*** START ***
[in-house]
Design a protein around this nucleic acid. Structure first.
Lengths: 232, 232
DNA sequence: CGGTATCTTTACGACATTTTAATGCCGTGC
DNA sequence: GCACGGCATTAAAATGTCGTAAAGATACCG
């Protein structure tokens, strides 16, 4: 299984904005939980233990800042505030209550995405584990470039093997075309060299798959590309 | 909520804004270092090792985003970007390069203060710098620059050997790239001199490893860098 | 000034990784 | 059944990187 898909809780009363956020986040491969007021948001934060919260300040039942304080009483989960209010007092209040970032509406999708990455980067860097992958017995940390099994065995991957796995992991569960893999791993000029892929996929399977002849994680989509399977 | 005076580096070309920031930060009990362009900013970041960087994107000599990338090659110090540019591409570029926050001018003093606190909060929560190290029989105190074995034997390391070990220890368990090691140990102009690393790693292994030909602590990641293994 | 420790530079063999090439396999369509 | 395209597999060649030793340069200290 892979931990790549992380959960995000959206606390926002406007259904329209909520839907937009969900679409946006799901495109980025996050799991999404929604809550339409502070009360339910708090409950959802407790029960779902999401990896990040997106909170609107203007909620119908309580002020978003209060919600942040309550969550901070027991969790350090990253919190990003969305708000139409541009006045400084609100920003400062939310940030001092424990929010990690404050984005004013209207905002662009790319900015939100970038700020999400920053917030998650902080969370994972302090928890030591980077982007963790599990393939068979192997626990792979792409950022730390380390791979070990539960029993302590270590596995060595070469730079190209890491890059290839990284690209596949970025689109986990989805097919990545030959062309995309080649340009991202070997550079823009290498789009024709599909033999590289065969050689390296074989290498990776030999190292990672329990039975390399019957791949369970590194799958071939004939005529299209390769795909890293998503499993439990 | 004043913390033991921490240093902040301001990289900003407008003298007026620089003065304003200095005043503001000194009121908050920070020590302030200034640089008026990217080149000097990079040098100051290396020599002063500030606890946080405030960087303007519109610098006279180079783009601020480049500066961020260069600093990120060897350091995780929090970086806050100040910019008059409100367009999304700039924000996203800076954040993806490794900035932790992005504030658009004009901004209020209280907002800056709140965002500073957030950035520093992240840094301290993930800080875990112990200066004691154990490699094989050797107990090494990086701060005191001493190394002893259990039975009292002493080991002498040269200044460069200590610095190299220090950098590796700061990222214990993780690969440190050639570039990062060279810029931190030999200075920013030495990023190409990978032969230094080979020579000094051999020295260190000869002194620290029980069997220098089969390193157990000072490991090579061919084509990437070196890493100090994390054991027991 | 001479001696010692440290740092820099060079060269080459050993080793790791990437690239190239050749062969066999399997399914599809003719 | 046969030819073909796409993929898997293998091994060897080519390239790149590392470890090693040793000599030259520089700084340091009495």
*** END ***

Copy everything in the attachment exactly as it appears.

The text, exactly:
[in-house]
Design a protein around this nucleic acid. Structure first.
Lengths: 232, 232
DNA sequence: CGGTATCTTTACGACATTTTAATGCCGTGC
DNA sequence: GCACGGCATTAAAATGTCGTAAAGATACCG
């Protein structure tokens, strides 16, 4: 299984904005939980233990800042505030209550995405584990470039093997075309060299798959590309 | 909520804004270092090792985003970007390069203060710098620059050997790239001199490893860098 | 000034990784 | 059944990187 898909809780009363956020986040491969007021948001934060919260300040039942304080009483989960209010007092209040970032509406999708990455980067860097992958017995940390099994065995991957796995992991569960893999791993000029892929996929399977002849994680989509399977 | 005076580096070309920031930060009990362009900013970041960087994107000599990338090659110090540019591409570029926050001018003093606190909060929560190290029989105190074995034997390391070990220890368990090691140990102009690393790693292994030909602590990641293994 | 420790530079063999090439396999369509 | 395209597999060649030793340069200290 892979931990790549992380959960995000959206606390926002406007259904329209909520839907937009969900679409946006799901495109980025996050799991999404929604809550339409502070009360339910708090409950959802407790029960779902999401990896990040997106909170609107203007909620119908309580002020978003209060919600942040309550969550901070027991969790350090990253919190990003969305708000139409541009006045400084609100920003400062939310940030001092424990929010990690404050984005004013209207905002662009790319900015939100970038700020999400920053917030998650902080969370994972302090928890030591980077982007963790599990393939068979192997626990792979792409950022730390380390791979070990539960029993302590270590596995060595070469730079190209890491890059290839990284690209596949970025689109986990989805097919990545030959062309995309080649340009991202070997550079823009290498789009024709599909033999590289065969050689390296074989290498990776030999190292990672329990039975390399019957791949369970590194799958071939004939005529299209390769795909890293998503499993439990 | 004043913390033991921490240093902040301001990289900003407008003298007026620089003065304003200095005043503001000194009121908050920070020590302030200034640089008026990217080149000097990079040098100051290396020599002063500030606890946080405030960087303007519109610098006279180079783009601020480049500066961020260069600093990120060897350091995780929090970086806050100040910019008059409100367009999304700039924000996203800076954040993806490794900035932790992005504030658009004009901004209020209280907002800056709140965002500073957030950035520093992240840094301290993930800080875990112990200066004691154990490699094989050797107990090494990086701060005191001493190394002893259990039975009292002493080991002498040269200044460069200590610095190299220090950098590796700061990222214990993780690969440190050639570039990062060279810029931190030999200075920013030495990023190409990978032969230094080979020579000094051999020295260190000869002194620290029980069997220098089969390193157990000072490991090579061919084509990437070196890493100090994390054991027991 | 001479001696010692440290740092820099060079060269080459050993080793790791990437690239190239050749062969066999399997399914599809003719 | 046969030819073909796409993929898997293998091994060897080519390239790149590392470890090693040793000599030259520089700084340091009495």